Yard pools -- pre-made or do-it-yourself decorative ponds -- continue to be a hot item, as kits and supplies for these landscaping features will soon be dragged out of winter storage at many stores.
"It's like an addiction for some of these people," said Rainer Stammler, with MJK Sales & Feed/Ace Hardware.
"Some have two or three of them."
And they're as extravagant as your imagination and wallet allows.
"You can spend thousands on just the liners," said Stammler.
Choosing a liner is first key step. Hard liners generally cost around $50, while soft liners -- made of a more durable rubber protected against sun damage -- can run upwards of $200.
Then there's upkeep costs -- again hinging on personal tastes.
"It really depends on how compulsive you are to have clean water," Stammler said of various chemicals needed to kill algae build-up in the ponds.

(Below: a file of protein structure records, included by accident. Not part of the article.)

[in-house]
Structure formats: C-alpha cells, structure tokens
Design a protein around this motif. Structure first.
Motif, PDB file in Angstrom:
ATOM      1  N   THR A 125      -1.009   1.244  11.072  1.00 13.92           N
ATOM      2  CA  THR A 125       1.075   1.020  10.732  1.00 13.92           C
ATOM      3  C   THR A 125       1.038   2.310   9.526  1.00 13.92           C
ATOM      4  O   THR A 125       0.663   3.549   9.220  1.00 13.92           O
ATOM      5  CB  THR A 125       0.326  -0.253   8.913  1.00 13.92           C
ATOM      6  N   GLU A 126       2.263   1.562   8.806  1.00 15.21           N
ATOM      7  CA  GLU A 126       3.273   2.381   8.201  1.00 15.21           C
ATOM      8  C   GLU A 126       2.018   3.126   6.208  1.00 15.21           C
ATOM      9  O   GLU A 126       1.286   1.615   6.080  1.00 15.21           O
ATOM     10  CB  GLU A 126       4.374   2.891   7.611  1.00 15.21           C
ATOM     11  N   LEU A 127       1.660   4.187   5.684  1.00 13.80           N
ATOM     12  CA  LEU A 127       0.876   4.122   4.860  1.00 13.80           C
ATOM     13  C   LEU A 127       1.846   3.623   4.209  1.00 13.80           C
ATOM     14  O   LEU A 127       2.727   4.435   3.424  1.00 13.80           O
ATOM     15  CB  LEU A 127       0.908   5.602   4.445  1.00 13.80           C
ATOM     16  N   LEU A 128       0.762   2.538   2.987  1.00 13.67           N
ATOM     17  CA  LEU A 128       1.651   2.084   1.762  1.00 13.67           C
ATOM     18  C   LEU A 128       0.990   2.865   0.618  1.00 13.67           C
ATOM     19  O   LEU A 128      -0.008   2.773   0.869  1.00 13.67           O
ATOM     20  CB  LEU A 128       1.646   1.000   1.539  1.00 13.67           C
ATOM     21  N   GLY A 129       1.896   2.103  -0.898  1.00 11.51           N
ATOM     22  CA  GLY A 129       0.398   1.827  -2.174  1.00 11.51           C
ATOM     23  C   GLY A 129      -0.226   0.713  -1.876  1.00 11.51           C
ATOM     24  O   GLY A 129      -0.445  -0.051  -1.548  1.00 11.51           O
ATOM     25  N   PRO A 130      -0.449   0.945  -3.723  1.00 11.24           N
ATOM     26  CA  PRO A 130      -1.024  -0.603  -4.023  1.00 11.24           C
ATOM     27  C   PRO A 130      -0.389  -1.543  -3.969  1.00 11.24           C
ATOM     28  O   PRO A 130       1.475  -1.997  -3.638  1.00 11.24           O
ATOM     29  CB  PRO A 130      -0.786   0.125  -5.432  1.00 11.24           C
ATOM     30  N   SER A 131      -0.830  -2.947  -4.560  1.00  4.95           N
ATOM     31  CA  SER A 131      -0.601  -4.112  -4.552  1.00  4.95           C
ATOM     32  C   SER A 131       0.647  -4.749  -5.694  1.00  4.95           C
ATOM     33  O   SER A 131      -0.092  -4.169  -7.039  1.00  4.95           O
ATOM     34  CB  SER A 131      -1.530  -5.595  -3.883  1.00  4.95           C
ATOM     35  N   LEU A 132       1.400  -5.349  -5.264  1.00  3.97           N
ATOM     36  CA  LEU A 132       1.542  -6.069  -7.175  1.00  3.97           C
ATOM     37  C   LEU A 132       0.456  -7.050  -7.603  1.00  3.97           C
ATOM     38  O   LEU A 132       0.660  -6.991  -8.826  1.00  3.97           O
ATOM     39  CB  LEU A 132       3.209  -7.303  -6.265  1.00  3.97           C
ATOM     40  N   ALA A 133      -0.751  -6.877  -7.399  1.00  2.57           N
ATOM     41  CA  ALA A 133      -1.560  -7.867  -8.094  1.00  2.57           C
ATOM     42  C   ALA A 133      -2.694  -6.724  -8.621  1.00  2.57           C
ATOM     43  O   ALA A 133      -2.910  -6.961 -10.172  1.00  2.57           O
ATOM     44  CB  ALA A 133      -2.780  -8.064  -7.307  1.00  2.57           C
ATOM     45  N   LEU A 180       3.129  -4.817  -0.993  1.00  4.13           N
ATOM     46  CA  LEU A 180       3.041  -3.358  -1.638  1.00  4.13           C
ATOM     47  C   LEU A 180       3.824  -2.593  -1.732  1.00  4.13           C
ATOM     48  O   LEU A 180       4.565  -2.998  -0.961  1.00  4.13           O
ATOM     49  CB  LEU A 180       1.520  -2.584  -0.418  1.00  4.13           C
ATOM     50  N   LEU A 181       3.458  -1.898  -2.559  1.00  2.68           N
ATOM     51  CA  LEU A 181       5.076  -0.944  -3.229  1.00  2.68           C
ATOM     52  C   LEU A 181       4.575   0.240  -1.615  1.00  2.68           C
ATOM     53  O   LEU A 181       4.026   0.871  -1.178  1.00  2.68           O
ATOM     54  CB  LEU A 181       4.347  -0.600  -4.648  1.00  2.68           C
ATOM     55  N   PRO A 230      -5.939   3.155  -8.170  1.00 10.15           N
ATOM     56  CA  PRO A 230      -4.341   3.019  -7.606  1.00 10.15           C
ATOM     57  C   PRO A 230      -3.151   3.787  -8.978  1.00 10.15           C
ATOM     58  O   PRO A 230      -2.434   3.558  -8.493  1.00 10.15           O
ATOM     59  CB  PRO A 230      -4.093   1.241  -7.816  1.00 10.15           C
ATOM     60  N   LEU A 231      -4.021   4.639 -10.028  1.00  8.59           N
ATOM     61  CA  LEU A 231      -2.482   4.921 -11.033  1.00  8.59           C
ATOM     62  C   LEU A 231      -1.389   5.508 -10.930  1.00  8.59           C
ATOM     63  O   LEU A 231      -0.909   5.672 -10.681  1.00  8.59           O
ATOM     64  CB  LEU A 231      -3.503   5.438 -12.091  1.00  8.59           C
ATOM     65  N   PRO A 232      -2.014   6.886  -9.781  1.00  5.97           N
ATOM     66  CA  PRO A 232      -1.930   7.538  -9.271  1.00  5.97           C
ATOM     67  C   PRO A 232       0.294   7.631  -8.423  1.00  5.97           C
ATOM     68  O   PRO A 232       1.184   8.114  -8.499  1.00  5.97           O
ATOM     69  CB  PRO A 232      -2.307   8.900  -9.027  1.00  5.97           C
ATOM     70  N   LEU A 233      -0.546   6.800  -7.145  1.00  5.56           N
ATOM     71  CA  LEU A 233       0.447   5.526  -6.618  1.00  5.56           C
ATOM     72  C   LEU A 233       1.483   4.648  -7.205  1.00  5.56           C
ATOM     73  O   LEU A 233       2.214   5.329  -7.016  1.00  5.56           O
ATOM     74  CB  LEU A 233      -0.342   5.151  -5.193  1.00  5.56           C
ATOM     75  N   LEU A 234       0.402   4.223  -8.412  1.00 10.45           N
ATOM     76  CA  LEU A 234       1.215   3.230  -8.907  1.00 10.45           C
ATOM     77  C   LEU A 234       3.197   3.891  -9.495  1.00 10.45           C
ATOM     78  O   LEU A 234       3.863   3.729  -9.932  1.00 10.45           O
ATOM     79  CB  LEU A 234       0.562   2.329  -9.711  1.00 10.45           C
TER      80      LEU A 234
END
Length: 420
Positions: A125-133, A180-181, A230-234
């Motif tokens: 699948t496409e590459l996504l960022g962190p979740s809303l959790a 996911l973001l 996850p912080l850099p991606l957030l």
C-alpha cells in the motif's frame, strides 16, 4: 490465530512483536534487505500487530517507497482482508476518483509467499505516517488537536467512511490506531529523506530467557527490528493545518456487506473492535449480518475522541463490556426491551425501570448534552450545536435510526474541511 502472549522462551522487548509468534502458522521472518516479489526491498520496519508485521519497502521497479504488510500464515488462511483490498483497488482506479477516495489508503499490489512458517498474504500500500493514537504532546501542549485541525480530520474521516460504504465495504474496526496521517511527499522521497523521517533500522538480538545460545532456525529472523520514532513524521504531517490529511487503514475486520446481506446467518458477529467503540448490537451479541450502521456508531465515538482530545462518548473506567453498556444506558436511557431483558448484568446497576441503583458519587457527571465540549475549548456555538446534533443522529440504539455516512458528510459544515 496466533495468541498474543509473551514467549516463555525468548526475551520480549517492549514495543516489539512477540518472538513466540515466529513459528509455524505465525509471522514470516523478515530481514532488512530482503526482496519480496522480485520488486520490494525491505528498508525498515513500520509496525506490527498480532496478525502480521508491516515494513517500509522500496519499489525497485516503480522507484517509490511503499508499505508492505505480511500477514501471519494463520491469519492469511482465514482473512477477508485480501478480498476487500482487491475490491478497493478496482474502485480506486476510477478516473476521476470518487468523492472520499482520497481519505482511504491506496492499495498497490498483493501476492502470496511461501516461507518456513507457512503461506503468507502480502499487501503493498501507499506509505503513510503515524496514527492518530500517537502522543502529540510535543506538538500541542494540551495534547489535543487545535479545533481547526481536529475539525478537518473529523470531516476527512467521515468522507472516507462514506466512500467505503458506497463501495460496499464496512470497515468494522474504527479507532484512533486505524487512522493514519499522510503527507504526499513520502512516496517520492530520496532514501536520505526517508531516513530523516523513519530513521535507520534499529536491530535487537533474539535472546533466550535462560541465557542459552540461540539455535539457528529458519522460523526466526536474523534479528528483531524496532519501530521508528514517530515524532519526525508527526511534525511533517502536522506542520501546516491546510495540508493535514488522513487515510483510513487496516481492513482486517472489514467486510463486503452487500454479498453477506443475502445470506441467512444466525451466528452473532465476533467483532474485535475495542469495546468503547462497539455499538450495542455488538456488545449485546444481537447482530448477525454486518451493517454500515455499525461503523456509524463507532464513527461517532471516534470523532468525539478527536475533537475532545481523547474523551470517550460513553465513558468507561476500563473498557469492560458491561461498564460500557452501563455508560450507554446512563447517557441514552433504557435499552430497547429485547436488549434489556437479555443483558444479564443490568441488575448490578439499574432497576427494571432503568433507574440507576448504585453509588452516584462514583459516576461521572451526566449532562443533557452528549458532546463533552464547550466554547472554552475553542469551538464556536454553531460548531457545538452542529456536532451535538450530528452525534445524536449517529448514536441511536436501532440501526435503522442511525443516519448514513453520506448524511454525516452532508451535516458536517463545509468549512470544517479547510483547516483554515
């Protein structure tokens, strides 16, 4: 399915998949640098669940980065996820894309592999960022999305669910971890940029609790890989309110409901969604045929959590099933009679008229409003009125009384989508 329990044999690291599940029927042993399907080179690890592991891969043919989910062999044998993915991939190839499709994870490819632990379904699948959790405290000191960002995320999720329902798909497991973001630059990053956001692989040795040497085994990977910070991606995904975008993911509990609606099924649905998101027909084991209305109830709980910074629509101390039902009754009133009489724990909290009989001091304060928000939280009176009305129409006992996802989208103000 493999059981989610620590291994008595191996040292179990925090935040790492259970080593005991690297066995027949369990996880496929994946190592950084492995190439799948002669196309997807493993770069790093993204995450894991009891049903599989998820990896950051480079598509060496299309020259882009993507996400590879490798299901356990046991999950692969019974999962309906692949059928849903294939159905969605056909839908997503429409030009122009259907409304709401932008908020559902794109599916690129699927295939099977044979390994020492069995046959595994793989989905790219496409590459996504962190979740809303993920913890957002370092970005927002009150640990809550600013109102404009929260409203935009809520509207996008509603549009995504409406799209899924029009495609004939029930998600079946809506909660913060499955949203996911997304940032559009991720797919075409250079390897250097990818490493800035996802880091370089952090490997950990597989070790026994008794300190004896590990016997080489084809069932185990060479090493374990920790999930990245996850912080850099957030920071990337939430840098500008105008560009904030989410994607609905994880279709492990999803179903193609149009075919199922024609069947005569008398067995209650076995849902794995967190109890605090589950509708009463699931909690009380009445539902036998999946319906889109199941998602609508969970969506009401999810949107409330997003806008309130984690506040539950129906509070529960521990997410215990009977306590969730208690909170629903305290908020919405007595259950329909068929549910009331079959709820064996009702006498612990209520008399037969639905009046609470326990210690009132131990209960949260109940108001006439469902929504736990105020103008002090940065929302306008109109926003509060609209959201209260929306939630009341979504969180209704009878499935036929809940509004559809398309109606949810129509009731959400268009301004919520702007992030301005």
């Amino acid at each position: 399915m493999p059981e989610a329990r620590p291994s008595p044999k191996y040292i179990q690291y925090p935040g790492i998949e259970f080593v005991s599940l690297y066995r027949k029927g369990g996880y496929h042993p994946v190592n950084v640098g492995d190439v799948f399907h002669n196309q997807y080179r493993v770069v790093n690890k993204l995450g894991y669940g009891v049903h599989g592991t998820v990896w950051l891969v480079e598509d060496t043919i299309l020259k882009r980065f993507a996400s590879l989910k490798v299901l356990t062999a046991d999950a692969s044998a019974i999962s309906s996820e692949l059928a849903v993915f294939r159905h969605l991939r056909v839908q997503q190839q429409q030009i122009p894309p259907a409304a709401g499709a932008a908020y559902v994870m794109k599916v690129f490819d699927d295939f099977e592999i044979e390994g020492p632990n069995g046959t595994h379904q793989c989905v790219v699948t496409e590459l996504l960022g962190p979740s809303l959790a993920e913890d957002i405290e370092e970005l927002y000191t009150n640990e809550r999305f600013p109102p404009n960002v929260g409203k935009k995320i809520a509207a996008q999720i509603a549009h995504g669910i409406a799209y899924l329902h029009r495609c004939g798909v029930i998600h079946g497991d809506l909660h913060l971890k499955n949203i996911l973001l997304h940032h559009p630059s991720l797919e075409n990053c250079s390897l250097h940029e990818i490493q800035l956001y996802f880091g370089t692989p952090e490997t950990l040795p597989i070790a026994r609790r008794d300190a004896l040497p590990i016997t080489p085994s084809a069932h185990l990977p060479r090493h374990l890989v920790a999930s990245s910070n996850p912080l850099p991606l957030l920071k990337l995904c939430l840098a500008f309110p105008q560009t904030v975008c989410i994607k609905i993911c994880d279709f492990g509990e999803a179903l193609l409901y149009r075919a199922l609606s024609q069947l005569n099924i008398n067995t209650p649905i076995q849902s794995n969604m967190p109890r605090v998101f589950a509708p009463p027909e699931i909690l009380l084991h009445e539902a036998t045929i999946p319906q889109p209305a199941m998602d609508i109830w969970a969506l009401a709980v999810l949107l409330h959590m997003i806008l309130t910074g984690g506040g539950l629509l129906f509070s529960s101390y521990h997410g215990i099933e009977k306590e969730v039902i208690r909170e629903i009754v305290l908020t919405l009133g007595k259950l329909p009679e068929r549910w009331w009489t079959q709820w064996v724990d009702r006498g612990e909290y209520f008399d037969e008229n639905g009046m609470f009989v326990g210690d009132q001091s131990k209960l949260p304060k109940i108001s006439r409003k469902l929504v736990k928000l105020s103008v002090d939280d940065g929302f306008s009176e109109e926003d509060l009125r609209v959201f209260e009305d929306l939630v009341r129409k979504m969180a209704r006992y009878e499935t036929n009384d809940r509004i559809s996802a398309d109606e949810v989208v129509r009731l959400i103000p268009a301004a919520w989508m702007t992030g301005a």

Beyond that, components such as waterfalls, streams and statuary fountains -- or perhaps fish or plants -- gives a pond character.
Craig's Janet Martinez said her ongoing pond project is three-years-old -- now covering 25 feet of the family's backyard.
A manmade pond at a friend's house in Denver sold her.
"It's a habit," Martinez said. "I just like the sound of the running water."
It has grown to include several creeks and is also home to about 20 goldfish.
"We just keep adding to it," she said.
Utility line locations must be checked prior to excavation, while pond depths typically range between 18 and 36 inches -- deeper if aquatic life will be added.
"We dug, laid rubber lining and then put in some rock around it," she said.
At the digging stage, the site should be graded allowing for water to flow in the particular direction one wants.
Martinez said about $300 alone was spent on lining, while pumps for steams and fountains could add similar costs.